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When I was in high school, I really didn't go in for reading. Until, that is, I somehow encountered Erich Maria Remarque's All Quiet on the Western Front. I remember hiding in the back of all my classes reading it while my teachers talked about something I know not what. I was hooked on World War I, and I'm sure I'm not alone. The Great War was such a strange and tragic thing. It seems to have been started for no good reason, been fought without reason, and ended unreasonably. It's just hard to make sense of. Which is why--if you are as confused as I am--you should pick up Norman Stone's terrific World War One. A Short History (Basic Books, 2009). The book explains the inexplicable in the fewest words imaginable. More than that, it's wonderfully written. Stone has clearly thought long and hard about the war and he is full of pithy observations, sharp opinions, and harsh verdicts. No one really comes out unscathed, which, given the way the war was started, fought and ended, makes good sense indeed. If you don't know anything about World War One, you should read this book. There is no better introduction. If you know everything about World War One, you should also read this book. There is no more challenging book on the subject.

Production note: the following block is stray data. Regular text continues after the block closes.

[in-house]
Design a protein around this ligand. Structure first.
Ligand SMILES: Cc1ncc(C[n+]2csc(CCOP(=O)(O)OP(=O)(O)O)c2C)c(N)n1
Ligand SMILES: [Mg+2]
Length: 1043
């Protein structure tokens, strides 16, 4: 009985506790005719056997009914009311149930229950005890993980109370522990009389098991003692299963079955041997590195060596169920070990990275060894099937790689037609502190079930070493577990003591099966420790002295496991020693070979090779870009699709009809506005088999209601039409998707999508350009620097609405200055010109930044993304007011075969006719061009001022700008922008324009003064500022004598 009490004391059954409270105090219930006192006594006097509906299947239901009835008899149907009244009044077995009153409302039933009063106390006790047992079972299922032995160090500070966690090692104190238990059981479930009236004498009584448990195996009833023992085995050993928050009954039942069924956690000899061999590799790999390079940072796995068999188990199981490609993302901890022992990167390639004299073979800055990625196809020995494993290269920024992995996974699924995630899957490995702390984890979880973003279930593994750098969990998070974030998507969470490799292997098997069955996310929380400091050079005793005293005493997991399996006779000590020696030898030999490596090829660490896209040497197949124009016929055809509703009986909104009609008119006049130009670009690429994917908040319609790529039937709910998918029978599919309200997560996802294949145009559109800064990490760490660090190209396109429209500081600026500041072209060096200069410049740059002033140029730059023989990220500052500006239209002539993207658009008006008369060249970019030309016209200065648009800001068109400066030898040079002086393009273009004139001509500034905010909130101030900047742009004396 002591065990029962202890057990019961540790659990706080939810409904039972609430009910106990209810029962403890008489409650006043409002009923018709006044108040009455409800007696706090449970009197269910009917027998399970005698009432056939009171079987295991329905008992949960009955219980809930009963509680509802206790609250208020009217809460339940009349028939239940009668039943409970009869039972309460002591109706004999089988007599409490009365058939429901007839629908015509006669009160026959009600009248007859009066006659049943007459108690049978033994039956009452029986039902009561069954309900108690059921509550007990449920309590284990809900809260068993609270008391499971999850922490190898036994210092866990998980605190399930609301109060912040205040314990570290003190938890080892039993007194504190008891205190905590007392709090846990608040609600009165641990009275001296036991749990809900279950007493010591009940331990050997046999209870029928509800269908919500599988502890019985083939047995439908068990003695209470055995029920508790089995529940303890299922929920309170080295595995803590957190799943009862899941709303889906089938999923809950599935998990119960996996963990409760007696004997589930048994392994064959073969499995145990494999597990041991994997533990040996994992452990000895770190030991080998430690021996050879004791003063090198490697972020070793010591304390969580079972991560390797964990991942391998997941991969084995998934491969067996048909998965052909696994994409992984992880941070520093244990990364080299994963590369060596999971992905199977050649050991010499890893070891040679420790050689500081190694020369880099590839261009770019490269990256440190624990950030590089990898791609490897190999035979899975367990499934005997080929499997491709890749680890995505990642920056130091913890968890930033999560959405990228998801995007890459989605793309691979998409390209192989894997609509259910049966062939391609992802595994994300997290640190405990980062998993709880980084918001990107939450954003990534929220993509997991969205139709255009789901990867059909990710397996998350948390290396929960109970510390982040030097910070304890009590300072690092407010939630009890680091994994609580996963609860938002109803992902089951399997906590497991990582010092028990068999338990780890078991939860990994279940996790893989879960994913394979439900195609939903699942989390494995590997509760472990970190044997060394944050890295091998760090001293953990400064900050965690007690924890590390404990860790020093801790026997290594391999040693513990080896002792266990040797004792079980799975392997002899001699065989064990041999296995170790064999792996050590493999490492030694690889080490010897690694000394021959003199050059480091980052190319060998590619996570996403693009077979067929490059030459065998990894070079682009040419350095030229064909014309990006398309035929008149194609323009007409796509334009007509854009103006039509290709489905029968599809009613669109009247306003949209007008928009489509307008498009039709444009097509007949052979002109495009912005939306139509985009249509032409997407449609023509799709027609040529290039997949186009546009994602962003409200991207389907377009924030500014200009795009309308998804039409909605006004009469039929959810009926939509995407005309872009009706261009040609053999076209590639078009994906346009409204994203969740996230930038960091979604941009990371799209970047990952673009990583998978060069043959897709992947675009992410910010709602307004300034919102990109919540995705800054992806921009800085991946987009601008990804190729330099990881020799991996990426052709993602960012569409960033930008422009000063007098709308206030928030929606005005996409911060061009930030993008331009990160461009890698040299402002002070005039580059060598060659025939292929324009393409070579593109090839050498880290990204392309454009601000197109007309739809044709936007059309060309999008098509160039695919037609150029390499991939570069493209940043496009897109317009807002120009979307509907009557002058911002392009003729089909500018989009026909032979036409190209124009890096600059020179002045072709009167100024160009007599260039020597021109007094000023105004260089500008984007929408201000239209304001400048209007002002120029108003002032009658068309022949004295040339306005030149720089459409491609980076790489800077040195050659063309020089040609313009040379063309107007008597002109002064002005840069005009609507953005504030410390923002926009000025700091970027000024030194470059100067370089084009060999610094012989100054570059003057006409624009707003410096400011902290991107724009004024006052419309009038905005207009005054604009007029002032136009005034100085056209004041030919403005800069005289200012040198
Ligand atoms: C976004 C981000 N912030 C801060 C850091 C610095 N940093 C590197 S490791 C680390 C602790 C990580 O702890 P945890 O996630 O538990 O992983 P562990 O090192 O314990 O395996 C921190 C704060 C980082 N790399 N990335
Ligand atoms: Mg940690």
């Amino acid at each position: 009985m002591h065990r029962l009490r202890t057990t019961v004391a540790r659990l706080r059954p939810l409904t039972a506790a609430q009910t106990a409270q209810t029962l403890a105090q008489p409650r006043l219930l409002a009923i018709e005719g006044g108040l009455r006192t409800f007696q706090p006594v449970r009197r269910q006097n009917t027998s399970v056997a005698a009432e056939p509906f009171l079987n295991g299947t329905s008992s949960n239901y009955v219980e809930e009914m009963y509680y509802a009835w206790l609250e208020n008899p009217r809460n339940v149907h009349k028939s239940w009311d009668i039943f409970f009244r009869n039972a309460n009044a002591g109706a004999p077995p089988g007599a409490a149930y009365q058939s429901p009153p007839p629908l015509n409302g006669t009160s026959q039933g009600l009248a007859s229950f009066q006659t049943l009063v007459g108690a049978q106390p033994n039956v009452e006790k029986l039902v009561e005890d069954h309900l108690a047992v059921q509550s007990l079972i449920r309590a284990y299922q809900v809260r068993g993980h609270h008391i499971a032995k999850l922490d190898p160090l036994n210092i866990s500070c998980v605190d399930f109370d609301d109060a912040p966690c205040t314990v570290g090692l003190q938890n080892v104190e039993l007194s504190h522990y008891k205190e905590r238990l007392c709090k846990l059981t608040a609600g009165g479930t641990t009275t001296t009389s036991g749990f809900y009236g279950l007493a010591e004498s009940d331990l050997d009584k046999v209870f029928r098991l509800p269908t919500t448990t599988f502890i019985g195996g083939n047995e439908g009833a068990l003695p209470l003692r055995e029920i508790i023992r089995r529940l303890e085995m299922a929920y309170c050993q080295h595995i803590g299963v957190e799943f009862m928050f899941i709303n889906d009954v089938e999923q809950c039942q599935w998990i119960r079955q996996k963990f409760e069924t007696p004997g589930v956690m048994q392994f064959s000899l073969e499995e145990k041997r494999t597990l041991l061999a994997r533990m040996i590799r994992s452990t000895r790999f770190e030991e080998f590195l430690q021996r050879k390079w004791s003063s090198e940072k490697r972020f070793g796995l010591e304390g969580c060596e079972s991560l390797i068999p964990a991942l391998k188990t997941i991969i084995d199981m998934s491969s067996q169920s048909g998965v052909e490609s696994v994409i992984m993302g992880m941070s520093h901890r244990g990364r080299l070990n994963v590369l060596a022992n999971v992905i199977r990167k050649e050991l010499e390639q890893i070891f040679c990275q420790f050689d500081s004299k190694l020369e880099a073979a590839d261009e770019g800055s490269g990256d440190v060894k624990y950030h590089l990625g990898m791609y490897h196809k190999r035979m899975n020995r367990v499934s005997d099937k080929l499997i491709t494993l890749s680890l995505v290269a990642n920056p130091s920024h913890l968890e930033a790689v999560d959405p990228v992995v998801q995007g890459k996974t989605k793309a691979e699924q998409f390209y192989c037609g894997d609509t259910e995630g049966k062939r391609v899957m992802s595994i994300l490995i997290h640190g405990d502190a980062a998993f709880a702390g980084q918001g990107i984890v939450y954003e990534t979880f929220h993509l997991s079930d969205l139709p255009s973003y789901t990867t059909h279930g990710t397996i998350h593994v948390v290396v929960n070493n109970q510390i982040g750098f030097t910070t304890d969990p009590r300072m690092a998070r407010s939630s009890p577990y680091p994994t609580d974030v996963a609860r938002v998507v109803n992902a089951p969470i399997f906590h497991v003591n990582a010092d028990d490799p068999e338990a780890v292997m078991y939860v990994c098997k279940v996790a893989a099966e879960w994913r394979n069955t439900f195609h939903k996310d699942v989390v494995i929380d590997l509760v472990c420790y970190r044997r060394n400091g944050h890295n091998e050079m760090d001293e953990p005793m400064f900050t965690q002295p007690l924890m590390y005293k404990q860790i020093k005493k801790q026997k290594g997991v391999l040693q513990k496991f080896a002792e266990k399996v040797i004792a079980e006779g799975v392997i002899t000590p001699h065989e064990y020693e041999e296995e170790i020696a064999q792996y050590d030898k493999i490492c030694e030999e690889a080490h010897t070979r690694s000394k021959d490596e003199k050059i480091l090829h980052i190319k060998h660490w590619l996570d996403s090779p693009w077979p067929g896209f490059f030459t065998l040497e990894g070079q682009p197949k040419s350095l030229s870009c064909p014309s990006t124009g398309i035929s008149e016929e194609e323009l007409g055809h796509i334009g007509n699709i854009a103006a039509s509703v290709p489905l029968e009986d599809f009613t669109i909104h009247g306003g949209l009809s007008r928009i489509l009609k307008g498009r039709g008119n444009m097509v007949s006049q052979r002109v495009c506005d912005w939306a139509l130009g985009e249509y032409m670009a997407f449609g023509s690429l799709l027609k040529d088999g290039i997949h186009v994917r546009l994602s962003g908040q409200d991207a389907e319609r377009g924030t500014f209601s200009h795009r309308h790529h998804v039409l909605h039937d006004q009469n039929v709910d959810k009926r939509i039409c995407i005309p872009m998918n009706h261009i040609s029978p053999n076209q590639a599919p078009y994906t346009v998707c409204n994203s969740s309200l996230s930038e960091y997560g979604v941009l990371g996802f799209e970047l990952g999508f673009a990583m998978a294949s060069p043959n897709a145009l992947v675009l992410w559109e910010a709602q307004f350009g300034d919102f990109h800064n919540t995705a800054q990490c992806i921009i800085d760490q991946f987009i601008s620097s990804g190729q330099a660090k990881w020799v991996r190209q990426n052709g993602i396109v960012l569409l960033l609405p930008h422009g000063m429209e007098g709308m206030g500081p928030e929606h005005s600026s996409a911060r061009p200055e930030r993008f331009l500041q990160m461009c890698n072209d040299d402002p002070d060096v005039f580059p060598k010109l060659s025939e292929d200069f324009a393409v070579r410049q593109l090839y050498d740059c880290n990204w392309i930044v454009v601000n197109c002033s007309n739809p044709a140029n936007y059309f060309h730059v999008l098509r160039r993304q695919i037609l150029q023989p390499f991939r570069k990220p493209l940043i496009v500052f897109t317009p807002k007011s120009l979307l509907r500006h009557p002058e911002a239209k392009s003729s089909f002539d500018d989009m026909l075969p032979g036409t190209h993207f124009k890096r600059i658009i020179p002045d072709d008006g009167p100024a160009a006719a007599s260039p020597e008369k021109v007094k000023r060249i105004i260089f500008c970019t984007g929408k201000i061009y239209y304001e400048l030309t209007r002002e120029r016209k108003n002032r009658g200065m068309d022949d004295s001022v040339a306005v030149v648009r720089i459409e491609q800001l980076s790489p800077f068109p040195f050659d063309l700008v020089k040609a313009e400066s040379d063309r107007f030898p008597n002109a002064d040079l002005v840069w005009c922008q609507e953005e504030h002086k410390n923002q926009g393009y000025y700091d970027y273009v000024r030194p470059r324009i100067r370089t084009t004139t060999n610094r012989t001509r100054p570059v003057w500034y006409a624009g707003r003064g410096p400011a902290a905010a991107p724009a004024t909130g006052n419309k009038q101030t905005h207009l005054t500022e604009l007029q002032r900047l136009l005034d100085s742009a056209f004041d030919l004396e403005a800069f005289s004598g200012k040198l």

20th Century, Artillery, Bolsheviks, Empires, Foriegn Policy, France, Gallipoli, Historiography, Imperialism, Lenin, Marne, Nationalism, Ottoman Empire, Russian Empire, Tanks, Tannenberg, Treaty of Brest-Litovsk, Treaty of Versaille, Trenches, United Kingdom, Verdun, War, World War I, Ypres
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